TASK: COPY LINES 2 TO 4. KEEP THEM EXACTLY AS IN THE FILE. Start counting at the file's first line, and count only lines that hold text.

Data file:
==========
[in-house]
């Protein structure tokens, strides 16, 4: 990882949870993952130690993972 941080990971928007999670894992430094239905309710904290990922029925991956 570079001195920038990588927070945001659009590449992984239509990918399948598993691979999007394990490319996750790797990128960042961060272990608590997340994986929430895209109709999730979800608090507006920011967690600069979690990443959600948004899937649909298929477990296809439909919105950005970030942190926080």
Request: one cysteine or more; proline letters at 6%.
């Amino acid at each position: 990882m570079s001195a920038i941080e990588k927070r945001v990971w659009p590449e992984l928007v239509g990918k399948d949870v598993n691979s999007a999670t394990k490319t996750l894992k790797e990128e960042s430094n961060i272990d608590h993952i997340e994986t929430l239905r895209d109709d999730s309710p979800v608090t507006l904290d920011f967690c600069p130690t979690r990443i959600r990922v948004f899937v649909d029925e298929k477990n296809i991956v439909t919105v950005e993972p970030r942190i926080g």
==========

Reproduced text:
């Protein structure tokens, strides 16, 4: 990882949870993952130690993972 941080990971928007999670894992430094239905309710904290990922029925991956 570079001195920038990588927070945001659009590449992984239509990918399948598993691979999007394990490319996750790797990128960042961060272990608590997340994986929430895209109709999730979800608090507006920011967690600069979690990443959600948004899937649909298929477990296809439909919105950005970030942190926080």
Request: one cysteine or more; proline letters at 6%.
């Amino acid at each position: 990882m570079s001195a920038i941080e990588k927070r945001v990971w659009p590449e992984l928007v239509g990918k399948d949870v598993n691979s999007a999670t394990k490319t996750l894992k790797e990128e960042s430094n961060i272990d608590h993952i997340e994986t929430l239905r895209d109709d999730s309710p979800v608090t507006l904290d920011f967690c600069p130690t979690r990443i959600r990922v948004f899937v649909d029925e298929k477990n296809i991956v439909t919105v950005e993972p970030r942190i926080g």